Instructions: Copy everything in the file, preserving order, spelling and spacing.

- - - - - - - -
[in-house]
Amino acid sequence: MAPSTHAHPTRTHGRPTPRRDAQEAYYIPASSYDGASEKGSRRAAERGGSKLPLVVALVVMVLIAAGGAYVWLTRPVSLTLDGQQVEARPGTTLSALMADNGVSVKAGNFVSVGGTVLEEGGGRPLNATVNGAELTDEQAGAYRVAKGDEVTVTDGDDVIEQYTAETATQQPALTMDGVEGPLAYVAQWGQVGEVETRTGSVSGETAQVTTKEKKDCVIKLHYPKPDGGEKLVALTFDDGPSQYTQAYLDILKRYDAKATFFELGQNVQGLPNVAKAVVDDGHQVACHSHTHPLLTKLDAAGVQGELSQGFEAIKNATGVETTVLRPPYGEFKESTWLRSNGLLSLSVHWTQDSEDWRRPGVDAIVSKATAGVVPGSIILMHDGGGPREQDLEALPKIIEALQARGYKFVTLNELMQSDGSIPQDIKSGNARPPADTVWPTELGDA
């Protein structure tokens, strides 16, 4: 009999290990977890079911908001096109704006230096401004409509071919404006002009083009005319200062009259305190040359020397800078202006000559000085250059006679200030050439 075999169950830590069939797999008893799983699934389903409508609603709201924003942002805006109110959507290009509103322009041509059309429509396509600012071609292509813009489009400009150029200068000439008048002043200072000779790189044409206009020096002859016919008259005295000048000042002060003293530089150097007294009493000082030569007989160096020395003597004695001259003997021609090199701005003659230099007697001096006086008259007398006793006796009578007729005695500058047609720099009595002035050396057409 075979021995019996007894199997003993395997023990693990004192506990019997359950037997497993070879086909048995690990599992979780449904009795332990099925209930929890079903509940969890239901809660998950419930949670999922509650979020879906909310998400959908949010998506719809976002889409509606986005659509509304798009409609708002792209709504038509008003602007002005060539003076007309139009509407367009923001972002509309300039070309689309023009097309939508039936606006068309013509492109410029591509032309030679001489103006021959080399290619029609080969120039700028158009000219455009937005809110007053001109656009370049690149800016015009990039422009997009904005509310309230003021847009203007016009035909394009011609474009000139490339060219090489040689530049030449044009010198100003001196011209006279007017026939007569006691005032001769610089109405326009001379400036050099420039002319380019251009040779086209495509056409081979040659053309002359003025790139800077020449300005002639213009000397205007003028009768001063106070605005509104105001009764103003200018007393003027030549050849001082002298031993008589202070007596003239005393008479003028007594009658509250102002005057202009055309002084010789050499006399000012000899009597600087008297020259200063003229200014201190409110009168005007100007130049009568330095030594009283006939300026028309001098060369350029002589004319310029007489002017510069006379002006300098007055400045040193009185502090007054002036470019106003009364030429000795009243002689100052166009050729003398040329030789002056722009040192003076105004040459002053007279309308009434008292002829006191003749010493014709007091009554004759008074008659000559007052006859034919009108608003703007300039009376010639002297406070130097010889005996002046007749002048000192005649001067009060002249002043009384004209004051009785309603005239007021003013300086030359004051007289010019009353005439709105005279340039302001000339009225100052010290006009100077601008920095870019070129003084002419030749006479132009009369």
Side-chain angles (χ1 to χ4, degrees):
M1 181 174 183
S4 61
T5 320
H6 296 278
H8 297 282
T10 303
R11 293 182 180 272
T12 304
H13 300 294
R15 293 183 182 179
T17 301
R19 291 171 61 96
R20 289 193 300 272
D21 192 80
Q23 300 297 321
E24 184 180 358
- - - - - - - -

[in-house]
Amino acid sequence: MAPSTHAHPTRTHGRPTPRRDAQEAYYIPASSYDGASEKGSRRAAERGGSKLPLVVALVVMVLIAAGGAYVWLTRPVSLTLDGQQVEARPGTTLSALMADNGVSVKAGNFVSVGGTVLEEGGGRPLNATVNGAELTDEQAGAYRVAKGDEVTVTDGDDVIEQYTAETATQQPALTMDGVEGPLAYVAQWGQVGEVETRTGSVSGETAQVTTKEKKDCVIKLHYPKPDGGEKLVALTFDDGPSQYTQAYLDILKRYDAKATFFELGQNVQGLPNVAKAVVDDGHQVACHSHTHPLLTKLDAAGVQGELSQGFEAIKNATGVETTVLRPPYGEFKESTWLRSNGLLSLSVHWTQDSEDWRRPGVDAIVSKATAGVVPGSIILMHDGGGPREQDLEALPKIIEALQARGYKFVTLNELMQSDGSIPQDIKSGNARPPADTVWPTELGDA
């Protein structure tokens, strides 16, 4: 009999290990977890079911908001096109704006230096401004409509071919404006002009083009005319200062009259305190040359020397800078202006000559000085250059006679200030050439 075999169950830590069939797999008893799983699934389903409508609603709201924003942002805006109110959507290009509103322009041509059309429509396509600012071609292509813009489009400009150029200068000439008048002043200072000779790189044409206009020096002859016919008259005295000048000042002060003293530089150097007294009493000082030569007989160096020395003597004695001259003997021609090199701005003659230099007697001096006086008259007398006793006796009578007729005695500058047609720099009595002035050396057409 075979021995019996007894199997003993395997023990693990004192506990019997359950037997497993070879086909048995690990599992979780449904009795332990099925209930929890079903509940969890239901809660998950419930949670999922509650979020879906909310998400959908949010998506719809976002889409509606986005659509509304798009409609708002792209709504038509008003602007002005060539003076007309139009509407367009923001972002509309300039070309689309023009097309939508039936606006068309013509492109410029591509032309030679001489103006021959080399290619029609080969120039700028158009000219455009937005809110007053001109656009370049690149800016015009990039422009997009904005509310309230003021847009203007016009035909394009011609474009000139490339060219090489040689530049030449044009010198100003001196011209006279007017026939007569006691005032001769610089109405326009001379400036050099420039002319380019251009040779086209495509056409081979040659053309002359003025790139800077020449300005002639213009000397205007003028009768001063106070605005509104105001009764103003200018007393003027030549050849001082002298031993008589202070007596003239005393008479003028007594009658509250102002005057202009055309002084010789050499006399000012000899009597600087008297020259200063003229200014201190409110009168005007100007130049009568330095030594009283006939300026028309001098060369350029002589004319310029007489002017510069006379002006300098007055400045040193009185502090007054002036470019106003009364030429000795009243002689100052166009050729003398040329030789002056722009040192003076105004040459002053007279309308009434008292002829006191003749010493014709007091009554004759008074008659000559007052006859034919009108608003703007300039009376010639002297406070130097010889005996002046007749002048000192005649001067009060002249002043009384004209004051009785309603005239007021003013300086030359004051007289010019009353005439709105005279340039302001000339009225100052010290006009100077601008920095870019070129003084002419030749006479132009009369």
Side-chain angles (χ1 to χ4, degrees):
M1 181 174 183
S4 61
T5 320
H6 296 278
H8 297 282
T10 303
R11 293 182 180 272
T12 304
H13 300 294
R15 293 183 182 179
T17 301
R19 291 171 61 96
R20 289 193 300 272
D21 192 80
Q23 300 297 321
E24 184 180 358